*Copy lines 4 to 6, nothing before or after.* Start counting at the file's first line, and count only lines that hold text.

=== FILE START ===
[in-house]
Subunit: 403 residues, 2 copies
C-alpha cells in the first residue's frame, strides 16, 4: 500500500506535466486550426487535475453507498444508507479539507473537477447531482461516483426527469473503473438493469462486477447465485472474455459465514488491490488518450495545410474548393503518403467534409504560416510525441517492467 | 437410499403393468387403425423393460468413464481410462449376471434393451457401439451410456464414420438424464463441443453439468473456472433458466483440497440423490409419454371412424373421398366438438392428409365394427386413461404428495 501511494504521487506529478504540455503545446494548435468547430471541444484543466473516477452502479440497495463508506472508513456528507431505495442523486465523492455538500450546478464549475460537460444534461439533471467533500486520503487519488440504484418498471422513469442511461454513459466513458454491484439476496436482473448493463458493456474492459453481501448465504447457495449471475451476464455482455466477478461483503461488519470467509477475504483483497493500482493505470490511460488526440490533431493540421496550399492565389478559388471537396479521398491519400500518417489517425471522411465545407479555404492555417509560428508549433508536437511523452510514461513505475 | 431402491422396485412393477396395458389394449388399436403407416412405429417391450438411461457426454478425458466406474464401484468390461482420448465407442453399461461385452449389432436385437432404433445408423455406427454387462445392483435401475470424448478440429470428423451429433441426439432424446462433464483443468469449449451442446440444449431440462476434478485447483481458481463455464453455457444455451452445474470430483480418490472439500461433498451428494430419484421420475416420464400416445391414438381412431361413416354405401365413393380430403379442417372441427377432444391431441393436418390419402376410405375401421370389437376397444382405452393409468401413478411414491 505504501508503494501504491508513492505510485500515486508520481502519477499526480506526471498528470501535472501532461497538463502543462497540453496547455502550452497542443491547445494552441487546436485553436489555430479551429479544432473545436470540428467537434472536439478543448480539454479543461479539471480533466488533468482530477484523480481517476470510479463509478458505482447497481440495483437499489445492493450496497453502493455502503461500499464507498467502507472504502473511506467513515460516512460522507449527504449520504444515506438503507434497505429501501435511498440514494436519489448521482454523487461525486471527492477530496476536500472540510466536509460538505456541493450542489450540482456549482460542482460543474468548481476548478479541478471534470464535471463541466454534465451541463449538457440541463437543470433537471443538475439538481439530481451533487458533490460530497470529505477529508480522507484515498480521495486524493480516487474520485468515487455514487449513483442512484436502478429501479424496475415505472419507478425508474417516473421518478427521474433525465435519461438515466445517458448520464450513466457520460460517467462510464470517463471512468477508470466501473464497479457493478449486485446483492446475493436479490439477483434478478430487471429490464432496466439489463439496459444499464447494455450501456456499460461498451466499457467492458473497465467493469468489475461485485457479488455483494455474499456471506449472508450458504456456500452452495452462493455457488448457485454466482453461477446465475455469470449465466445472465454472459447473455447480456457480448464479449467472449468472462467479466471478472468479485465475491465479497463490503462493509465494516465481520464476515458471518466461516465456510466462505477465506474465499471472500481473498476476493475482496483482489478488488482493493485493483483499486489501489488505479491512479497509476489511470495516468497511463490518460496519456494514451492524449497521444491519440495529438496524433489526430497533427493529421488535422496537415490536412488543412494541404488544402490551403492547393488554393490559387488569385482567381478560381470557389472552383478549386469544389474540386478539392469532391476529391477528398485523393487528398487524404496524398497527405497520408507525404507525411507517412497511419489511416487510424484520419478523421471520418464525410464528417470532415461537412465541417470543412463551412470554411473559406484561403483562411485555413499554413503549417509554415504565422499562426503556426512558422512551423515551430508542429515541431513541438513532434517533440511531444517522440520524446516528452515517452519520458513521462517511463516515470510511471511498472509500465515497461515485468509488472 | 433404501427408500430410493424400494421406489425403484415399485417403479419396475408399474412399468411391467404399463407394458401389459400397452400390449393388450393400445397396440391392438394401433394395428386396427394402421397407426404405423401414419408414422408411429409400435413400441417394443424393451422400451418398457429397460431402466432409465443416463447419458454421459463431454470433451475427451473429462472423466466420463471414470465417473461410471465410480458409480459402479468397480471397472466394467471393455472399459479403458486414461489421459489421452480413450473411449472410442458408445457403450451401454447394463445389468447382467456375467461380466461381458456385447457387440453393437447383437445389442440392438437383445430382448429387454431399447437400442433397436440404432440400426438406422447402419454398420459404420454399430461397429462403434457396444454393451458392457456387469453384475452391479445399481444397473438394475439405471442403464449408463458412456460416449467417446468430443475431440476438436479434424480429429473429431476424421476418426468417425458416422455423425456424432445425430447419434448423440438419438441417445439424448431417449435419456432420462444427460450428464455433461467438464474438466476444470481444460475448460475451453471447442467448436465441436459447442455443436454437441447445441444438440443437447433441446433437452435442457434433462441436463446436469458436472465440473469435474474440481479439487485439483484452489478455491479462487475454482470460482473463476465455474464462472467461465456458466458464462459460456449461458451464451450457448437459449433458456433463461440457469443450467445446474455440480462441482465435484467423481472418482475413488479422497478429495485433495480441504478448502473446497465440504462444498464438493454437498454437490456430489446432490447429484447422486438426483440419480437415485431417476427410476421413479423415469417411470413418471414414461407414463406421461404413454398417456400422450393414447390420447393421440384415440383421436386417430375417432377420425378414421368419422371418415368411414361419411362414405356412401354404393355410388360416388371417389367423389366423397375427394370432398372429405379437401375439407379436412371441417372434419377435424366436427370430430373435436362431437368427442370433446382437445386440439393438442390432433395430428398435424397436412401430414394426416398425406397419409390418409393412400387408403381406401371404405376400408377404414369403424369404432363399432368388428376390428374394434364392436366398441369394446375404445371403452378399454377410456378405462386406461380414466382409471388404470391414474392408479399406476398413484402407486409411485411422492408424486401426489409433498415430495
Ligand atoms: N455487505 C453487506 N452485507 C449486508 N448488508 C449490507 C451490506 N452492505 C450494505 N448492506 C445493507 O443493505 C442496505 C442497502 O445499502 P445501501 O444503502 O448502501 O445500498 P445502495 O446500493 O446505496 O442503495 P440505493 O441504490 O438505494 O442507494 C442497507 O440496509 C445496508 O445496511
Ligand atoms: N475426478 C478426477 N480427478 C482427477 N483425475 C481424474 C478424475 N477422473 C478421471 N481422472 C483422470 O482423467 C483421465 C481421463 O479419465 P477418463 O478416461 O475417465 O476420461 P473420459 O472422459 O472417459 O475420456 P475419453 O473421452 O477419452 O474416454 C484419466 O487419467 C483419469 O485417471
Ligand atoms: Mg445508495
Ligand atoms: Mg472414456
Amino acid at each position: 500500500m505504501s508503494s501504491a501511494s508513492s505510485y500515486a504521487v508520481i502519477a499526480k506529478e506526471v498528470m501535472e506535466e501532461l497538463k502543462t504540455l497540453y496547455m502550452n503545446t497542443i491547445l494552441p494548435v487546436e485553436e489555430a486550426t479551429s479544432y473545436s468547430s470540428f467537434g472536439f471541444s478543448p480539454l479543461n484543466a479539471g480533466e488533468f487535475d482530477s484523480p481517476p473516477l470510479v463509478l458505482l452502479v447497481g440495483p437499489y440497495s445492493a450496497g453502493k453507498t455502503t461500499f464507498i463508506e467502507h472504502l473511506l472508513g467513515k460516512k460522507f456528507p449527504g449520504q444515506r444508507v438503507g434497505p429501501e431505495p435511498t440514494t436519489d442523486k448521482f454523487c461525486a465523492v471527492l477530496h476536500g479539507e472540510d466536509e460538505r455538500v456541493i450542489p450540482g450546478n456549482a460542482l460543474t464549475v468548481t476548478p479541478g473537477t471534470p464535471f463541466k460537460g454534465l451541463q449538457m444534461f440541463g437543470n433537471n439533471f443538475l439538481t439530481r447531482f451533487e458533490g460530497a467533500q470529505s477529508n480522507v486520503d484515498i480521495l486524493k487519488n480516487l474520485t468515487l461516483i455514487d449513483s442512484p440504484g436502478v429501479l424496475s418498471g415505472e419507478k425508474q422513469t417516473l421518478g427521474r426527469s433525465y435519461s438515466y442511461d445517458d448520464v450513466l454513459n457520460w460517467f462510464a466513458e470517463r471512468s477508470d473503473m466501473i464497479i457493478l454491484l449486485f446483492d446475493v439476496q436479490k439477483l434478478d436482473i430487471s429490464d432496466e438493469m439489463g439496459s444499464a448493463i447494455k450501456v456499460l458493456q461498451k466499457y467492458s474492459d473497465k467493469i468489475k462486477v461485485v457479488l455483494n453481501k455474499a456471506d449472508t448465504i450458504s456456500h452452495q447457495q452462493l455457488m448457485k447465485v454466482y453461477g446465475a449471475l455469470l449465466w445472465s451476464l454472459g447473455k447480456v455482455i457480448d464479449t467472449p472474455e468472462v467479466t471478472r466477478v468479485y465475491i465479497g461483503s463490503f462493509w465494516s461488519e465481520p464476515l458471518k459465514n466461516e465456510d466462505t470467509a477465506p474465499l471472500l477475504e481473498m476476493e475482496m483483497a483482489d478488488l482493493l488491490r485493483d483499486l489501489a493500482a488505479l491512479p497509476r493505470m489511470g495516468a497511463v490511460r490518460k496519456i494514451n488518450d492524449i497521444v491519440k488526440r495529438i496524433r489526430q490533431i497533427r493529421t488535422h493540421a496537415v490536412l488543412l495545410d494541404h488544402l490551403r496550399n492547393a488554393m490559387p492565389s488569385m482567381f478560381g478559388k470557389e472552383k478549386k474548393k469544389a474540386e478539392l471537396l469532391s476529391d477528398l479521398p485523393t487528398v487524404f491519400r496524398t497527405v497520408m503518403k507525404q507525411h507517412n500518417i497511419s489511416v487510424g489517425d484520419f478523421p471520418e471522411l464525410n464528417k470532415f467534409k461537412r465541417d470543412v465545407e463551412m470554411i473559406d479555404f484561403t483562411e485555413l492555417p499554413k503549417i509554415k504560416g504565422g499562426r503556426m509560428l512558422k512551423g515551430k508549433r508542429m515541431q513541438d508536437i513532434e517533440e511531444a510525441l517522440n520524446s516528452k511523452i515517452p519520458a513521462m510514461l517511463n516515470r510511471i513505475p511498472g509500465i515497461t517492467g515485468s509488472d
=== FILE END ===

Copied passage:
Ligand atoms: N455487505 C453487506 N452485507 C449486508 N448488508 C449490507 C451490506 N452492505 C450494505 N448492506 C445493507 O443493505 C442496505 C442497502 O445499502 P445501501 O444503502 O448502501 O445500498 P445502495 O446500493 O446505496 O442503495 P440505493 O441504490 O438505494 O442507494 C442497507 O440496509 C445496508 O445496511
Ligand atoms: N475426478 C478426477 N480427478 C482427477 N483425475 C481424474 C478424475 N477422473 C478421471 N481422472 C483422470 O482423467 C483421465 C481421463 O479419465 P477418463 O478416461 O475417465 O476420461 P473420459 O472422459 O472417459 O475420456 P475419453 O473421452 O477419452 O474416454 C484419466 O487419467 C483419469 O485417471
Ligand atoms: Mg445508495